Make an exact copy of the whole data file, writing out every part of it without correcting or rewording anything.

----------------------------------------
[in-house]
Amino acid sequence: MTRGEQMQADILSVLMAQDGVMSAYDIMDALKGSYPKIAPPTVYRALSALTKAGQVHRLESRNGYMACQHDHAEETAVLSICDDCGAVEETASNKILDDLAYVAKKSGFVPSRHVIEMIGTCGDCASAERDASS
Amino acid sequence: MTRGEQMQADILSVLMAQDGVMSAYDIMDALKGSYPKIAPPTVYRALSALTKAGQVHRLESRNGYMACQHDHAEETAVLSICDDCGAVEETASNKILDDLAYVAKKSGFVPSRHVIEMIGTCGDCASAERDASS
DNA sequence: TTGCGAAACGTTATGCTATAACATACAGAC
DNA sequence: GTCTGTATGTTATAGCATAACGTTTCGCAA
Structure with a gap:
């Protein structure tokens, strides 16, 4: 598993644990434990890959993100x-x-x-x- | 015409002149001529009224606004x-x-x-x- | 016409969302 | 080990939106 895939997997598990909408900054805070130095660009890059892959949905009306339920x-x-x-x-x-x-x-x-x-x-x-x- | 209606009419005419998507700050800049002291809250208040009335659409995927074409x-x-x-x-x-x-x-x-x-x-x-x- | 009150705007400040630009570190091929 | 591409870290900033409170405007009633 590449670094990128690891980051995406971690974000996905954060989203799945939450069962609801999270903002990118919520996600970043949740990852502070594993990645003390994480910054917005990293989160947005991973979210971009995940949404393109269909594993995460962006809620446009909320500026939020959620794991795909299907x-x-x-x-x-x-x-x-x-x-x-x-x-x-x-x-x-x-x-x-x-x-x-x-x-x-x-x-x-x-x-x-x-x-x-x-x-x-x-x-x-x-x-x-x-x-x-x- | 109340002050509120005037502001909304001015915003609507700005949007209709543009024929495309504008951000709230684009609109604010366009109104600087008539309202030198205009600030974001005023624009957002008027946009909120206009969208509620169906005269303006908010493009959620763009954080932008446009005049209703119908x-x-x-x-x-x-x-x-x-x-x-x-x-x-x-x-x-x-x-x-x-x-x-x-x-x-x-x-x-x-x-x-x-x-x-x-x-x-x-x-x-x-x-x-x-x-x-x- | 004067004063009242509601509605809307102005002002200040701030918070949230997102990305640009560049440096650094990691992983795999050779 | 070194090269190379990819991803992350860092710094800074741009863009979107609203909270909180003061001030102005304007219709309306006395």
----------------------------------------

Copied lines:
[in-house]
Amino acid sequence: MTRGEQMQADILSVLMAQDGVMSAYDIMDALKGSYPKIAPPTVYRALSALTKAGQVHRLESRNGYMACQHDHAEETAVLSICDDCGAVEETASNKILDDLAYVAKKSGFVPSRHVIEMIGTCGDCASAERDASS
Amino acid sequence: MTRGEQMQADILSVLMAQDGVMSAYDIMDALKGSYPKIAPPTVYRALSALTKAGQVHRLESRNGYMACQHDHAEETAVLSICDDCGAVEETASNKILDDLAYVAKKSGFVPSRHVIEMIGTCGDCASAERDASS
DNA sequence: TTGCGAAACGTTATGCTATAACATACAGAC
DNA sequence: GTCTGTATGTTATAGCATAACGTTTCGCAA
Structure with a gap:
């Protein structure tokens, strides 16, 4: 598993644990434990890959993100x-x-x-x- | 015409002149001529009224606004x-x-x-x- | 016409969302 | 080990939106 895939997997598990909408900054805070130095660009890059892959949905009306339920x-x-x-x-x-x-x-x-x-x-x-x- | 209606009419005419998507700050800049002291809250208040009335659409995927074409x-x-x-x-x-x-x-x-x-x-x-x- | 009150705007400040630009570190091929 | 591409870290900033409170405007009633 590449670094990128690891980051995406971690974000996905954060989203799945939450069962609801999270903002990118919520996600970043949740990852502070594993990645003390994480910054917005990293989160947005991973979210971009995940949404393109269909594993995460962006809620446009909320500026939020959620794991795909299907x-x-x-x-x-x-x-x-x-x-x-x-x-x-x-x-x-x-x-x-x-x-x-x-x-x-x-x-x-x-x-x-x-x-x-x-x-x-x-x-x-x-x-x-x-x-x-x- | 109340002050509120005037502001909304001015915003609507700005949007209709543009024929495309504008951000709230684009609109604010366009109104600087008539309202030198205009600030974001005023624009957002008027946009909120206009969208509620169906005269303006908010493009959620763009954080932008446009005049209703119908x-x-x-x-x-x-x-x-x-x-x-x-x-x-x-x-x-x-x-x-x-x-x-x-x-x-x-x-x-x-x-x-x-x-x-x-x-x-x-x-x-x-x-x-x-x-x-x- | 004067004063009242509601509605809307102005002002200040701030918070949230997102990305640009560049440096650094990691992983795999050779 | 070194090269190379990819991803992350860092710094800074741009863009979107609203909270909180003061001030102005304007219709309306006395």